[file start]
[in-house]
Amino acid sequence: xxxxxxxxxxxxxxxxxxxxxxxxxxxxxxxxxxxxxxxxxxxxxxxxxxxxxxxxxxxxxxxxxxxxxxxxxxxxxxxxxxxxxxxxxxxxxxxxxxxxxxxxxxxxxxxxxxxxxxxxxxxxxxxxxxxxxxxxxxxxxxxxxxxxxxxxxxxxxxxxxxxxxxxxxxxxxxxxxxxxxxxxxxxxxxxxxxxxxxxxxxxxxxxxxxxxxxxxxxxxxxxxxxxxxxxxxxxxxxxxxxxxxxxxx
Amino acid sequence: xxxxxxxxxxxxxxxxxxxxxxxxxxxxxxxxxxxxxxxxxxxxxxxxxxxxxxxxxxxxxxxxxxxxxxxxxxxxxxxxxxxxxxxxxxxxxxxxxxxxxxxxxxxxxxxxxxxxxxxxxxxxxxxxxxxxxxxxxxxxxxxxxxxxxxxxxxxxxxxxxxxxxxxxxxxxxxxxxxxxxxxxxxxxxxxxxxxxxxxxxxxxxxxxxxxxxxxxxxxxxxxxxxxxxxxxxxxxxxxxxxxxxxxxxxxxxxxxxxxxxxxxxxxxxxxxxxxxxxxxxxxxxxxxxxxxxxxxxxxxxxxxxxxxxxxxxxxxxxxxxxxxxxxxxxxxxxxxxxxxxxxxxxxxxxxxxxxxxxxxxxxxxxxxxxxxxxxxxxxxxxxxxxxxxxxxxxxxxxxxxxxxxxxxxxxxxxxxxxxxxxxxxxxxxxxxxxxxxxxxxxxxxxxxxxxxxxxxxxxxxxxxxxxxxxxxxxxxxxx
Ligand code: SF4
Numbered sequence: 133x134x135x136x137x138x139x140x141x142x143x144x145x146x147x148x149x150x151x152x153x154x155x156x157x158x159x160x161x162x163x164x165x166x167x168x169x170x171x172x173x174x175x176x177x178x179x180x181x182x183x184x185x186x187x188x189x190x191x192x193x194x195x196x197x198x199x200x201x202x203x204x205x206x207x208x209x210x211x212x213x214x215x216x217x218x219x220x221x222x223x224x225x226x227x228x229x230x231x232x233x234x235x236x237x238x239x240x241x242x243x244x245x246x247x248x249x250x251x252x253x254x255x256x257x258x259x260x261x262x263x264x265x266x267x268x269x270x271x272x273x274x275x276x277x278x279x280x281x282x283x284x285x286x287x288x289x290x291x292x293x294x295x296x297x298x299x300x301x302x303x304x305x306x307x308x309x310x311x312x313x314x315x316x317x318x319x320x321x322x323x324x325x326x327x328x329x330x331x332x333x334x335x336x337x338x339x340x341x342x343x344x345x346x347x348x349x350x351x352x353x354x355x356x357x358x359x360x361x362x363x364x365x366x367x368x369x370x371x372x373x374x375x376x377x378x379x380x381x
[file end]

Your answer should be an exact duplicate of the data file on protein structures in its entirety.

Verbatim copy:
[in-house]
Amino acid sequence: xxxxxxxxxxxxxxxxxxxxxxxxxxxxxxxxxxxxxxxxxxxxxxxxxxxxxxxxxxxxxxxxxxxxxxxxxxxxxxxxxxxxxxxxxxxxxxxxxxxxxxxxxxxxxxxxxxxxxxxxxxxxxxxxxxxxxxxxxxxxxxxxxxxxxxxxxxxxxxxxxxxxxxxxxxxxxxxxxxxxxxxxxxxxxxxxxxxxxxxxxxxxxxxxxxxxxxxxxxxxxxxxxxxxxxxxxxxxxxxxxxxxxxxxx
Amino acid sequence: xxxxxxxxxxxxxxxxxxxxxxxxxxxxxxxxxxxxxxxxxxxxxxxxxxxxxxxxxxxxxxxxxxxxxxxxxxxxxxxxxxxxxxxxxxxxxxxxxxxxxxxxxxxxxxxxxxxxxxxxxxxxxxxxxxxxxxxxxxxxxxxxxxxxxxxxxxxxxxxxxxxxxxxxxxxxxxxxxxxxxxxxxxxxxxxxxxxxxxxxxxxxxxxxxxxxxxxxxxxxxxxxxxxxxxxxxxxxxxxxxxxxxxxxxxxxxxxxxxxxxxxxxxxxxxxxxxxxxxxxxxxxxxxxxxxxxxxxxxxxxxxxxxxxxxxxxxxxxxxxxxxxxxxxxxxxxxxxxxxxxxxxxxxxxxxxxxxxxxxxxxxxxxxxxxxxxxxxxxxxxxxxxxxxxxxxxxxxxxxxxxxxxxxxxxxxxxxxxxxxxxxxxxxxxxxxxxxxxxxxxxxxxxxxxxxxxxxxxxxxxxxxxxxxxxxxxxxxxxx
Ligand code: SF4
Numbered sequence: 133x134x135x136x137x138x139x140x141x142x143x144x145x146x147x148x149x150x151x152x153x154x155x156x157x158x159x160x161x162x163x164x165x166x167x168x169x170x171x172x173x174x175x176x177x178x179x180x181x182x183x184x185x186x187x188x189x190x191x192x193x194x195x196x197x198x199x200x201x202x203x204x205x206x207x208x209x210x211x212x213x214x215x216x217x218x219x220x221x222x223x224x225x226x227x228x229x230x231x232x233x234x235x236x237x238x239x240x241x242x243x244x245x246x247x248x249x250x251x252x253x254x255x256x257x258x259x260x261x262x263x264x265x266x267x268x269x270x271x272x273x274x275x276x277x278x279x280x281x282x283x284x285x286x287x288x289x290x291x292x293x294x295x296x297x298x299x300x301x302x303x304x305x306x307x308x309x310x311x312x313x314x315x316x317x318x319x320x321x322x323x324x325x326x327x328x329x330x331x332x333x334x335x336x337x338x339x340x341x342x343x344x345x346x347x348x349x350x351x352x353x354x355x356x357x358x359x360x361x362x363x364x365x366x367x368x369x370x371x372x373x374x375x376x377x378x379x380x381x